Why We Claim Long Books Are Really, Really Good

Psychologist Tom Stafford has another fascinating “Neurohacks” column on the BBC website—this one about “cognitive dissonance,” or the discomfort we feel when our actions are out of line with our beliefs. We often deal with this uneasiness, Stafford writes, by simply changing our beliefs:

“This is why people forced to defend a particular position—say, because it is their job—are likely to end up believing it. It can also suggest a reason for why military services, high school sports teams and college societies have bizarre and punishing initiation rituals. If you’ve been through the ritual, dissonance theory predicts, you’re much more likely to believe the group is a valuable one to be a part of (the initiation hurt, and you’re not a fool, so it must have been worth it, right?).

Dissonance theory even explains why some really long books have such good reputations. Get to the end of a three-volume, several-thousand-page, conceptual novel and you’re faced with a choice: either you wasted your time and money, and you feel a bit of a fool; or the novel is brilliant and you are an insightful consumer of literature. Dissonance theory pushes you towards the latter interpretation, and so swells the crowd of people praising a novel that would be panned if it was 150 pages long.” (Read more here.)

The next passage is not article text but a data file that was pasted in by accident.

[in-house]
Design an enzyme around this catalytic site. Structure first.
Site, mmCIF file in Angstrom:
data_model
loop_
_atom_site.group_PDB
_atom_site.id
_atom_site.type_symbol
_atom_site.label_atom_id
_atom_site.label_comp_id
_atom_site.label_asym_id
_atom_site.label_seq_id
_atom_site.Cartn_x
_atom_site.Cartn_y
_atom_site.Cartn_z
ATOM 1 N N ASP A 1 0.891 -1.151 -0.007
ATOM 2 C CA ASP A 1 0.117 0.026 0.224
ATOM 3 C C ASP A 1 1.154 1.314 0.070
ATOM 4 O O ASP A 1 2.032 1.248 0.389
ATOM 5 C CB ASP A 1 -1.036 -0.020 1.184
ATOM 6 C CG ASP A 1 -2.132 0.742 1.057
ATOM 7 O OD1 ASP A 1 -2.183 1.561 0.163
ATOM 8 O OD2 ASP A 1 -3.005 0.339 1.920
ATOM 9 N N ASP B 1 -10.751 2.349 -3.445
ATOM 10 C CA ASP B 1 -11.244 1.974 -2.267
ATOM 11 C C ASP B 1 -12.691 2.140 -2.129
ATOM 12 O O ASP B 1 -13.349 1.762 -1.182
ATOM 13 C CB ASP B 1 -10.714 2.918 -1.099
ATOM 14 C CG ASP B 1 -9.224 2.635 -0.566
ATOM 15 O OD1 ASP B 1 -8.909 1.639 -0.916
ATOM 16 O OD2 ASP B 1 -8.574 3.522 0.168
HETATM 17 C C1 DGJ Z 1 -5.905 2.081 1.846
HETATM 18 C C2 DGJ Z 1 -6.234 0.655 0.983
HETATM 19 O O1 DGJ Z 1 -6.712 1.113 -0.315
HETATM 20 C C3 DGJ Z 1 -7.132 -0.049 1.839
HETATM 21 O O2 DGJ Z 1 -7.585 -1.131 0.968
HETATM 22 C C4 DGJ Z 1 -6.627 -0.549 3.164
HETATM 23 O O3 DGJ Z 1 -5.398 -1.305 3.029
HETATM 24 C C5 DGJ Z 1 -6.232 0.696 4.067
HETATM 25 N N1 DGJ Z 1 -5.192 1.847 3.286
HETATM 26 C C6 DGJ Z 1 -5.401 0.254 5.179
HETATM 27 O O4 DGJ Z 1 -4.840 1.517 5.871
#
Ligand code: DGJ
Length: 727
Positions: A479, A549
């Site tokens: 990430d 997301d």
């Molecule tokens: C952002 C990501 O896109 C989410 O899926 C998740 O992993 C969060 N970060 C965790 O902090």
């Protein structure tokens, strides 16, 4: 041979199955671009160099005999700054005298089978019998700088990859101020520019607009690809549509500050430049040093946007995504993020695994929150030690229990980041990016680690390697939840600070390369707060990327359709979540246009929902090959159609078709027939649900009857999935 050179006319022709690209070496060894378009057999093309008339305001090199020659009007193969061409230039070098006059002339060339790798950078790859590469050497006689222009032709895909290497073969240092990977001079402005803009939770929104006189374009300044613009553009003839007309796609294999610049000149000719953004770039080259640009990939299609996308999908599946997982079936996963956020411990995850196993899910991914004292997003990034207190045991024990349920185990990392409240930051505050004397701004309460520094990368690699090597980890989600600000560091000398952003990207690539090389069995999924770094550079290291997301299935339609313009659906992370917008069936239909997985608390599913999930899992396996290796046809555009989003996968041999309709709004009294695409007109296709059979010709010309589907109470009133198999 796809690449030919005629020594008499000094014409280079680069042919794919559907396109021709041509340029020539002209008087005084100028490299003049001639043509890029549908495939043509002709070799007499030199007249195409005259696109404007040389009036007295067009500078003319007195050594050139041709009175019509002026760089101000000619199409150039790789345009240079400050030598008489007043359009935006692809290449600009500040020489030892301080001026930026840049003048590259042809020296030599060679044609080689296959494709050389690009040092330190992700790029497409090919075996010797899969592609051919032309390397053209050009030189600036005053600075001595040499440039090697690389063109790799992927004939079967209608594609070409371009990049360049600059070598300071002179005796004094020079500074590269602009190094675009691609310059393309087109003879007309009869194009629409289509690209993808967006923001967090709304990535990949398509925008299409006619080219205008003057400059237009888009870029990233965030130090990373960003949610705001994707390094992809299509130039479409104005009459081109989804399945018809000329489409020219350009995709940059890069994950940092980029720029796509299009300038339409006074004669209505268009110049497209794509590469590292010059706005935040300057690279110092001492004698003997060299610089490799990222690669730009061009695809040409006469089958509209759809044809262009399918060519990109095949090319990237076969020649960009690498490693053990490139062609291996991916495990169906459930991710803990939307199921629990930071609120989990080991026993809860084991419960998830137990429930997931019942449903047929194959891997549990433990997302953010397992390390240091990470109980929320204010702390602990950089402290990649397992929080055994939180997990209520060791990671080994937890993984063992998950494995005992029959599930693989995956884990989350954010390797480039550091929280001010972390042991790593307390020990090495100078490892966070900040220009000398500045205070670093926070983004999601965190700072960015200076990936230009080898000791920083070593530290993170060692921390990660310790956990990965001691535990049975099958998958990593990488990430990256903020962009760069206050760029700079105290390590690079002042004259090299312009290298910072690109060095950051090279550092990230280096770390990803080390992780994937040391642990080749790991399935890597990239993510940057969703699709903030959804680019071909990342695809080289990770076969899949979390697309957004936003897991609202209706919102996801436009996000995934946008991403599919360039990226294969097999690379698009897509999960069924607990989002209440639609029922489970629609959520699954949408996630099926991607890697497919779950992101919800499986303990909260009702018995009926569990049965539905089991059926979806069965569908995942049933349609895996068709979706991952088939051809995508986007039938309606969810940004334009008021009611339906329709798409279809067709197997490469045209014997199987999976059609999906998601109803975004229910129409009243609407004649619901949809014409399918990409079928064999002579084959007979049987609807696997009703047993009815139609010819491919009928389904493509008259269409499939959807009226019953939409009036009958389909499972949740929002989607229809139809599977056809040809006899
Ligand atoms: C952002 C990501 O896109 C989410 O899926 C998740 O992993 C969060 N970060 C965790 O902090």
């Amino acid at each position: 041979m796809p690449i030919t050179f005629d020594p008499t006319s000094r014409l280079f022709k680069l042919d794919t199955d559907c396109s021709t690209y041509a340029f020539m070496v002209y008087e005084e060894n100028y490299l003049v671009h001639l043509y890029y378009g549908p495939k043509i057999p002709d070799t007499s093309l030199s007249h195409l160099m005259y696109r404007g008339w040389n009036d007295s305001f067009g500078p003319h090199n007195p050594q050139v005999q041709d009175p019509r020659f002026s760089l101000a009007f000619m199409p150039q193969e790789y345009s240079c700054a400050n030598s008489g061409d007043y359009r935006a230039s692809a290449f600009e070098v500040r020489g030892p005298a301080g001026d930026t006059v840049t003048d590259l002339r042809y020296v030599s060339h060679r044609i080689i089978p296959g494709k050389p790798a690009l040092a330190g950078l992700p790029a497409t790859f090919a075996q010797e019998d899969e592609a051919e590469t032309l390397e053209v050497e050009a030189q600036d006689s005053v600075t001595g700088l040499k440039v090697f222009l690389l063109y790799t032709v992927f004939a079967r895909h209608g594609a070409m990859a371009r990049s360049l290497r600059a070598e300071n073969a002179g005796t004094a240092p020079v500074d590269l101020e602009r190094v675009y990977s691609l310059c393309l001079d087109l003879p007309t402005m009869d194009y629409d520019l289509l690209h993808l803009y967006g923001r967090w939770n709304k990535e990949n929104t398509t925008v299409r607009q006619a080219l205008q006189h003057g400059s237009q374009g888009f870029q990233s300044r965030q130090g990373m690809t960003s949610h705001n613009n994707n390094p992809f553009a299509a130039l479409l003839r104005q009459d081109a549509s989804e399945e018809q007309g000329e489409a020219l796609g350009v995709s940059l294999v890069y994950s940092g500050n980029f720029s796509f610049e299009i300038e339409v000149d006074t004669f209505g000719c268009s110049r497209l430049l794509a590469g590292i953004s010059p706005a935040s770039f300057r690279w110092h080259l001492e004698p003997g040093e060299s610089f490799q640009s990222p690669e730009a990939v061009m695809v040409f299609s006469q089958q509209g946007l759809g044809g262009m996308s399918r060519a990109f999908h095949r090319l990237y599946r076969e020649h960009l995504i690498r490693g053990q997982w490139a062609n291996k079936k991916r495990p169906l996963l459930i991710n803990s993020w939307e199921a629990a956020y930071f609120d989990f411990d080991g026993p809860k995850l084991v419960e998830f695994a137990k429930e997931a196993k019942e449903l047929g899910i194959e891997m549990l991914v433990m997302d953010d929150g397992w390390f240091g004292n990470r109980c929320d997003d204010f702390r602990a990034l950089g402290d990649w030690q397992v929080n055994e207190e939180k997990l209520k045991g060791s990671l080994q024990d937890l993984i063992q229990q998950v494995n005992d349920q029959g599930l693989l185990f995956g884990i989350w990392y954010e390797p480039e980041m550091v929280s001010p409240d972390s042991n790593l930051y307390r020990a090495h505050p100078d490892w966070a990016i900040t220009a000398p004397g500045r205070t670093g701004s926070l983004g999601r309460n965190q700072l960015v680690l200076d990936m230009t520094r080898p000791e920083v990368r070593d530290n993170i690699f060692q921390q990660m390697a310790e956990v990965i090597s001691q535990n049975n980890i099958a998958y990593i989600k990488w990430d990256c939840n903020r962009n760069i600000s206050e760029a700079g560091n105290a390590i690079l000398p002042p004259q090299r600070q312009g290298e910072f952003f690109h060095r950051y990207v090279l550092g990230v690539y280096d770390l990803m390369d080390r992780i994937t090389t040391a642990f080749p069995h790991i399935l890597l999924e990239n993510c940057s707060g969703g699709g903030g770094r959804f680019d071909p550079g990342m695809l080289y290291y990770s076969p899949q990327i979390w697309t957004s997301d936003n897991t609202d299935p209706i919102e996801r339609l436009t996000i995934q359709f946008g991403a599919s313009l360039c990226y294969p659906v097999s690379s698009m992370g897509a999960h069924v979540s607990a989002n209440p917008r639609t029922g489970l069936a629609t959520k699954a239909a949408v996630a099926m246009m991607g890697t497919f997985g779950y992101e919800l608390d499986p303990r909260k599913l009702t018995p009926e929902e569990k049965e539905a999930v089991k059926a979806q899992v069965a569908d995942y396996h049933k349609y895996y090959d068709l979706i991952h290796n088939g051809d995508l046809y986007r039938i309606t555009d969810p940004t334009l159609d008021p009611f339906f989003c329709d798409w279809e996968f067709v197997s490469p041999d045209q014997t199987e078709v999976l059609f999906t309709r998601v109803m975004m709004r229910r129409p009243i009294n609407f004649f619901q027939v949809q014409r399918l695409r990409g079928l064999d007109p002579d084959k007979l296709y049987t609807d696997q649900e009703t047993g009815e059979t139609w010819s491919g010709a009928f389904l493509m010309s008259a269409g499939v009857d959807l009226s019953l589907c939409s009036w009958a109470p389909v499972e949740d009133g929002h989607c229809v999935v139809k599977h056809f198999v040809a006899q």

What do you think: an explanation for the popularity of David Foster Wallace’s Infinite Jest?

One Response to “Why We Claim Long Books Are Really, Really Good”

  1. matthew says:

    This is utter nonsense. The longest Harry Potter book, Order of the Phoenix, runs 870 pages. Just a few pages shy of Infinite Jest if you discount its footnotes (which don’t put it that far off HP’s page count anyway). My little brother at 10 years old is more than capable of sitting down and reading Order of the Phoenix in a couple of days with nothing you could call cognitive dissonance or regret.

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